Moulton makes oblique reference to the National Popular Vote initiative, which we’ve written about a dozen or so times here over the years, going back to my April 2006 post “Abolishing the Electoral College by Stealth.” It has gained steady traction over the years but not enough to push it over the top. Currently, 12 states, which combine for 172 of the required 270 Electoral Votes, have joined. Whether it constitutes an “interstate compact,” and thus requires Congressional approval under the Constitution, is a hotly-debated but judicially untested question.
Even if we somehow did both things Moulton recommends, the small and rural states would still have disproportionate say in governing the country owing to the Senate. After all, the Electoral College simply mirrors the inequity in Congress in a somewhat different way. But that may be a compromise outcome worth having.
A problem with the National Popular Vote compact is that the secretary of state of any state could unilaterally throw the election by declaring that “ten trillion votes were cast in East Dakota for Jerry Falwell, Jr.” (or what have you). The NPV compact (III-5) makes such declarations absolutely binding on participants.
@alkali: That’s rather silly.
Alkali is being very basic
I’m not sure about getting rid of the Senate filibuster. It does prevent a slim majority, which may not represent a majority of the citizenry, from imposing its will.
Besides, what would Mr. Smith think? (I have to see that movie someday).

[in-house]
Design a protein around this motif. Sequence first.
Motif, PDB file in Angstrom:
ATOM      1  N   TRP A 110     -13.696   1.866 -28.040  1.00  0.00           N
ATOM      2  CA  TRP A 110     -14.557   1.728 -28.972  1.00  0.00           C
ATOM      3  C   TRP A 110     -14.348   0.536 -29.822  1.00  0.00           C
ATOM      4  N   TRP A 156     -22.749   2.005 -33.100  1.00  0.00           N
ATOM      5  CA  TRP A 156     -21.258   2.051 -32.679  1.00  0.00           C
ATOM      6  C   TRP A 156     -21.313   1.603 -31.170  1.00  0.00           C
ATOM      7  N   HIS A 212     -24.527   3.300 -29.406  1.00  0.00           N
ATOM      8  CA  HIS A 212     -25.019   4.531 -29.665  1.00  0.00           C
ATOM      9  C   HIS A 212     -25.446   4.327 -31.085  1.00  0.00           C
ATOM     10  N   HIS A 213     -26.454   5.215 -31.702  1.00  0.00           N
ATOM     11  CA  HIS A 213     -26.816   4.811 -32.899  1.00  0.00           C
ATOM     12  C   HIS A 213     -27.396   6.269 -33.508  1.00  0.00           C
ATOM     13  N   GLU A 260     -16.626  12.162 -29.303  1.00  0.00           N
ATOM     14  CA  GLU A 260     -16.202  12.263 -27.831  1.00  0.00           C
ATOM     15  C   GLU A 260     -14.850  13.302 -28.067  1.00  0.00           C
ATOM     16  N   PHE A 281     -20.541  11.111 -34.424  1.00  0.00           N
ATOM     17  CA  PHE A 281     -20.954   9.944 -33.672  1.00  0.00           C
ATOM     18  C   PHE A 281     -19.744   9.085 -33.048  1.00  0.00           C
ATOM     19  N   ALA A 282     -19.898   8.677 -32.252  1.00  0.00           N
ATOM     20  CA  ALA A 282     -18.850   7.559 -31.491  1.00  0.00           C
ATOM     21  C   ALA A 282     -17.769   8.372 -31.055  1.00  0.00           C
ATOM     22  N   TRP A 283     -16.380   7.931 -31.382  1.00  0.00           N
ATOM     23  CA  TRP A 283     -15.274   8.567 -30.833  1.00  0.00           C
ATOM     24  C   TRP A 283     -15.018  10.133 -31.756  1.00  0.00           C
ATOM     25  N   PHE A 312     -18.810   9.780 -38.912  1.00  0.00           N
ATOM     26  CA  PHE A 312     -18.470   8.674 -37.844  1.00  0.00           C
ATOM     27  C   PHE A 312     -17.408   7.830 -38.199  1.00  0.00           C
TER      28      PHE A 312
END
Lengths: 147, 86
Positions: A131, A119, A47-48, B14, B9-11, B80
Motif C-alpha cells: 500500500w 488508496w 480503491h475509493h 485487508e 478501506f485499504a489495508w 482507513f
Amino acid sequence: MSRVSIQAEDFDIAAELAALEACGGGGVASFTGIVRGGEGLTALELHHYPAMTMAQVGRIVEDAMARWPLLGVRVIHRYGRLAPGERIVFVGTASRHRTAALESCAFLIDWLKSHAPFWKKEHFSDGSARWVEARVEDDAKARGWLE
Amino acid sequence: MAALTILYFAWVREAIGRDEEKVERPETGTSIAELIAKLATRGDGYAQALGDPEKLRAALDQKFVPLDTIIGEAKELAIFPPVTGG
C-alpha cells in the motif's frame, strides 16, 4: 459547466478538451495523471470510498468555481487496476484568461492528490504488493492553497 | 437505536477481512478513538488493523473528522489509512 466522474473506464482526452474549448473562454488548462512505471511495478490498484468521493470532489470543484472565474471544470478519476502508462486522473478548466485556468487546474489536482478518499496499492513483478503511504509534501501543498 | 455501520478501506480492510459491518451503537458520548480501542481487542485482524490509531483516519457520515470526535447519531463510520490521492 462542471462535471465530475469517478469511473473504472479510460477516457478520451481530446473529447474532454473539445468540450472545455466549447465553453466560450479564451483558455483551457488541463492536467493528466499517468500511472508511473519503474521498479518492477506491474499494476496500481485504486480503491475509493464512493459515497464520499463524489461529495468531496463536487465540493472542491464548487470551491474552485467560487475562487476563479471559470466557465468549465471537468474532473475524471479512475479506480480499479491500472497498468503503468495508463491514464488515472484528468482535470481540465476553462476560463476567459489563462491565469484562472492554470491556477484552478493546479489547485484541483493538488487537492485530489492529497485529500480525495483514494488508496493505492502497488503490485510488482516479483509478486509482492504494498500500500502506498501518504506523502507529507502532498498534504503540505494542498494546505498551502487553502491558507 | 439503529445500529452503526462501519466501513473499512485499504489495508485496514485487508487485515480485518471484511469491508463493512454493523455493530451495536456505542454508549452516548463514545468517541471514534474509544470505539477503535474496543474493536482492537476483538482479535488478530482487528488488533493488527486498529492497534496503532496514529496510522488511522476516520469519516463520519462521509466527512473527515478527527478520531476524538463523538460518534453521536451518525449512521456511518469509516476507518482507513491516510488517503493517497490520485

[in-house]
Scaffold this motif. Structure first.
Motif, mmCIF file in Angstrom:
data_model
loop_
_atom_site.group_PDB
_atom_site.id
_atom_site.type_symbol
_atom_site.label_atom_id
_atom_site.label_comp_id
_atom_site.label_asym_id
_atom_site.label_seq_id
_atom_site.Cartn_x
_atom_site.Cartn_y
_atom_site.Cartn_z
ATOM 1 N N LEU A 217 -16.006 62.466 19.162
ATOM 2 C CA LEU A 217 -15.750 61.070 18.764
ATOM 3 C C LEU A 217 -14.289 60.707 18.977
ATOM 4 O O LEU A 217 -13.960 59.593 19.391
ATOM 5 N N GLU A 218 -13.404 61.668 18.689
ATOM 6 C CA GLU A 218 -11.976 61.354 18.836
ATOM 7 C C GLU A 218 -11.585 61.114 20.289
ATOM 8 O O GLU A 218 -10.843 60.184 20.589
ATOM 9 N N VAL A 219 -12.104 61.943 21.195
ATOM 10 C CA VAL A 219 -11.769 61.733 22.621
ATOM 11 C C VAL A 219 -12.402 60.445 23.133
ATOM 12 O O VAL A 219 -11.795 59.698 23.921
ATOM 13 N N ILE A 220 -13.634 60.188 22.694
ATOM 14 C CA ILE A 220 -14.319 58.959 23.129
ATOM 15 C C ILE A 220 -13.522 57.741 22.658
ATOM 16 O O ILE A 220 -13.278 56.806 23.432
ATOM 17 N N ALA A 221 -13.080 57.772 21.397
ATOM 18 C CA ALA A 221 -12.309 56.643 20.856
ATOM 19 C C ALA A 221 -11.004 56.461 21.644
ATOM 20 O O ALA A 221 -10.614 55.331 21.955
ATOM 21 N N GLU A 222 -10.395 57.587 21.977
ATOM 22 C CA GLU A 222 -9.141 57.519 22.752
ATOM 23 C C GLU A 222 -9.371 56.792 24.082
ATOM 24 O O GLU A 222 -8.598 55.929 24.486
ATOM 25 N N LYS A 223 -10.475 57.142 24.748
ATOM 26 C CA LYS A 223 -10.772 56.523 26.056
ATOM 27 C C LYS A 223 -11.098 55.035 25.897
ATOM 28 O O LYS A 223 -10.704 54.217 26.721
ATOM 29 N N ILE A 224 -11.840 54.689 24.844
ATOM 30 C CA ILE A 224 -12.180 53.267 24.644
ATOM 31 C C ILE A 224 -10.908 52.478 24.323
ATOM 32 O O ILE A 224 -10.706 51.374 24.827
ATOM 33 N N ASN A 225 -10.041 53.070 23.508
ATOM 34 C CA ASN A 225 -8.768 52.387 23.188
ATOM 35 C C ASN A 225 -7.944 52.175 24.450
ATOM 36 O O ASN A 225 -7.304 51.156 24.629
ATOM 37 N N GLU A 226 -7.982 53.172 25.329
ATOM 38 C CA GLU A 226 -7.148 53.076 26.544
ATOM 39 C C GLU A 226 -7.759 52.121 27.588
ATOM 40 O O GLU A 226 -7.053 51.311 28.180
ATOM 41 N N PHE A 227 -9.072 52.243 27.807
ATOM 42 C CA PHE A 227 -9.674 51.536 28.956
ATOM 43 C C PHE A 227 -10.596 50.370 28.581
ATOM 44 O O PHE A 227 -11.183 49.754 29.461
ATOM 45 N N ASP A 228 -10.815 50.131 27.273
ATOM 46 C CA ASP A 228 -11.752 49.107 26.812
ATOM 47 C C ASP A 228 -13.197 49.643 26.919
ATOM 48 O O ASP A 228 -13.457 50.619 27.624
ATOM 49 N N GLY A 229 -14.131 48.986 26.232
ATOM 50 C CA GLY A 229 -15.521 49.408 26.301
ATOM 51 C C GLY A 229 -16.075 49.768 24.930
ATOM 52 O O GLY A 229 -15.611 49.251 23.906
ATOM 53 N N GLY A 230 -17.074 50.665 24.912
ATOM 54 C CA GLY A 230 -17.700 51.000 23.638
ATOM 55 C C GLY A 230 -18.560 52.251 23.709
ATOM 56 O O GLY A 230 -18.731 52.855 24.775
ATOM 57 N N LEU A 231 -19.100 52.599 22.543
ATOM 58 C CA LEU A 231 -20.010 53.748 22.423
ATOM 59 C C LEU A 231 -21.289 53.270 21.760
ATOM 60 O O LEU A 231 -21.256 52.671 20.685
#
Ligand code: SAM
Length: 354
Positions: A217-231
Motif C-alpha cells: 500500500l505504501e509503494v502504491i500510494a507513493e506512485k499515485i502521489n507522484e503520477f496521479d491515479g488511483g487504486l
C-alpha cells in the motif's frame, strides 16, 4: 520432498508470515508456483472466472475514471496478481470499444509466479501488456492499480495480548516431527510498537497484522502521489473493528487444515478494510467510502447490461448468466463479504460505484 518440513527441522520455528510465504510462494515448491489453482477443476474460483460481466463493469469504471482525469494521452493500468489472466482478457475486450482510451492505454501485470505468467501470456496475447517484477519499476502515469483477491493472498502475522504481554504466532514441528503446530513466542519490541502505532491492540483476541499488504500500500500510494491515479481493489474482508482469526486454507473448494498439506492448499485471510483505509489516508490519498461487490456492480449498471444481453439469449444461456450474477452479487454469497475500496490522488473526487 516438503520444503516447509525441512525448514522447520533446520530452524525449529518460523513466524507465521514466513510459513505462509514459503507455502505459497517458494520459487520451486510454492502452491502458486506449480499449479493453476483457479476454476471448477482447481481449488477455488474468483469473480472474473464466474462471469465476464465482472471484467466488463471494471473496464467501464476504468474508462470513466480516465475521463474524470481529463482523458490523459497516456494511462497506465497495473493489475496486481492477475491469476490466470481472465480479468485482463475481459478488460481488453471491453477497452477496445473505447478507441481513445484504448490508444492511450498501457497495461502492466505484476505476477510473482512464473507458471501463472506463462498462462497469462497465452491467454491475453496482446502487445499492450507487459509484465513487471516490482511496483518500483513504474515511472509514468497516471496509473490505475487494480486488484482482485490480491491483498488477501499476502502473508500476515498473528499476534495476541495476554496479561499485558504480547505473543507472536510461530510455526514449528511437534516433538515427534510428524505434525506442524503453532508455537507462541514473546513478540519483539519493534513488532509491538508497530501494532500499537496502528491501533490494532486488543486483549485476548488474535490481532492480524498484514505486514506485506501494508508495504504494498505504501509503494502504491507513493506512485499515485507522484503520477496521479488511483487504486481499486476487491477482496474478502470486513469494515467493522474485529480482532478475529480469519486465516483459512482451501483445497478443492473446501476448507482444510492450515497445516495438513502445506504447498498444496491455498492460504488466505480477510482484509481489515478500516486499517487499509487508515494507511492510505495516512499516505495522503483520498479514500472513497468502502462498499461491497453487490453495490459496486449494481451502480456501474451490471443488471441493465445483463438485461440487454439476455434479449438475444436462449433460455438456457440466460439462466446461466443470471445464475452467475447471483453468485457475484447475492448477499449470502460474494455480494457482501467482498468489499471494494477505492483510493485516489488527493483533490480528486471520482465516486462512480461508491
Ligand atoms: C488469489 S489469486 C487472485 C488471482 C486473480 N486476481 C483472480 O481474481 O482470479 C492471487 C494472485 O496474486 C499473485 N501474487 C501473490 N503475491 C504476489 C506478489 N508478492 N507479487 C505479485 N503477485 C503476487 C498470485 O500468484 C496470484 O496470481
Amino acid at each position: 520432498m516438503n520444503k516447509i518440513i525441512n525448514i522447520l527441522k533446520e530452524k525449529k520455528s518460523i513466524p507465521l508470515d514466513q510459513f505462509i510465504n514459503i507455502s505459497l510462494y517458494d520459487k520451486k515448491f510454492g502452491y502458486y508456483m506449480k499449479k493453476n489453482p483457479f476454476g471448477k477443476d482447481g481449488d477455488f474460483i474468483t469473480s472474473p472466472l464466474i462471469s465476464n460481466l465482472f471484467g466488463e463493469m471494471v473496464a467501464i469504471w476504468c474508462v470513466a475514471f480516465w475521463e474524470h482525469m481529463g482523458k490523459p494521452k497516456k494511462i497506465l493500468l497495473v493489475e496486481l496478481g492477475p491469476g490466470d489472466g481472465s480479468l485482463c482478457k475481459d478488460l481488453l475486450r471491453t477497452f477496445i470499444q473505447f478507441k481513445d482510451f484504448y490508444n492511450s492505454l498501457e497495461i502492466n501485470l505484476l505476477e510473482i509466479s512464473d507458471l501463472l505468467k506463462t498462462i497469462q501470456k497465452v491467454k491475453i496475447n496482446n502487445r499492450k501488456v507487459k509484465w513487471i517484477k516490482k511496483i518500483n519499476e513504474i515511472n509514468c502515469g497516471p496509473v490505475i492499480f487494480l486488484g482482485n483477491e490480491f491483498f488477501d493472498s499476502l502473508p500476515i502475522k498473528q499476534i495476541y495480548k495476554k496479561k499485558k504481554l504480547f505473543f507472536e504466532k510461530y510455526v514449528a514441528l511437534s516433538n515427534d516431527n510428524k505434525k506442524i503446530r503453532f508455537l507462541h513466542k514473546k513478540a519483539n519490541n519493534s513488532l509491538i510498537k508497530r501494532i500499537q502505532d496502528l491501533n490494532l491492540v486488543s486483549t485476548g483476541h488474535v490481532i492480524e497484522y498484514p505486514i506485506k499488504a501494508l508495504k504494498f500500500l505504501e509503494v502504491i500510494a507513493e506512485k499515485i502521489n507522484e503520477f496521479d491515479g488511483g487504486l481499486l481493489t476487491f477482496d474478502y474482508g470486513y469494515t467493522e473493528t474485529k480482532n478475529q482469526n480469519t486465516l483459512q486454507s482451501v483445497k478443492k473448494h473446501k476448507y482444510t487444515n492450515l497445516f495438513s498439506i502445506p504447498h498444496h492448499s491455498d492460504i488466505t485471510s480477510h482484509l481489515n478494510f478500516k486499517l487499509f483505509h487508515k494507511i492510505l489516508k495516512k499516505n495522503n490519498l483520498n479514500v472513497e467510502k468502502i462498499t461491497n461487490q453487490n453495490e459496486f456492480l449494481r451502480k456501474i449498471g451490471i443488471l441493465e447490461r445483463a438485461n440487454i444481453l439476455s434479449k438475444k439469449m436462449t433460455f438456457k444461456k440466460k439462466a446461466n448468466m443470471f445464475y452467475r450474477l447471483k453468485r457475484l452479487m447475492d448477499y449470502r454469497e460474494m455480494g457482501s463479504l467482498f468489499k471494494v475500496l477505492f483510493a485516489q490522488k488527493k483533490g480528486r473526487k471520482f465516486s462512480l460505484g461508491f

What I would do is change Senate and House rules so that the Majority Leader and Speaker, respectively, have to schedule a vote for a) any bill passed by the other house, and b) any nomination submitted by the president (no more hanging Garlands).
As it is, pretty much both these people wield a veto power they shouldn’t have.
Hmm.. I’d add a provision that all laws must be scheduled for a vote within a reasonable time. Sure, either party could slow-walk the other part’s pet initiatives. But they’d also be prevented from rushing their pet initiatives through. 24 hours for legislators to evaluate a 500+ page monster is not reasonable.
Shit, hypothetically it’s way worse than that. You need 41 senators to veto anything, and you can get that with:
Iowa, Utah, Nevada, Arkansas, Mississippi, Kansas, New Mexico, Nebraska, West Virginia, Idaho, Hawaii, New Hampshire, Maine, Montana, Rhode Island, Delaware, South Dakota, North Dakota, Alaska, Vermont, Wyoming.
…and they combine for 11.15% of the population.
The filibuster has to go.
BTW–I don’t even think it would be a small state issue, per se. The issue would be that the GOP sees the EC as and advantage, and therefore would in no way support a change.
@Steven L. Taylor:
Let one Democrat win the EC and lose the popular vote by a very small margin, and then the EC will be an abomination inf the eyes of God and the GOP.
In 92, as I believe I’ve said before, lots of Republican voters were incensed that Clinton was awarded the presidency, although he had failed to win a majority of the popular vote.
Granted that, too, is not exactly a fair result, but at least Clinton won more votes than either Bush or Perot.
If 59,301 (2.1%) of those who voted for Bush in Ohio in 2004 instead had voted for Kerry, then Kerry would have won the election despite receiving 2.9 million fewer votes. Maybe if Kerry had campaigned more in Ohio….
Now, a 2.1% swing everywhere would have made it a lot more closer, but Kerry would have still received fewer votes, about 531,000.
So, it may very well happen. Though I would really prefer if it didn’t in 2020, Trump would probably lock himself inside a White House toilet and refuse to leave.
Also, the exit polls from 1992 showed that Perot voters would have split evenly between Bush and Clinton.
In my dream world we have a Constitutional amendment that: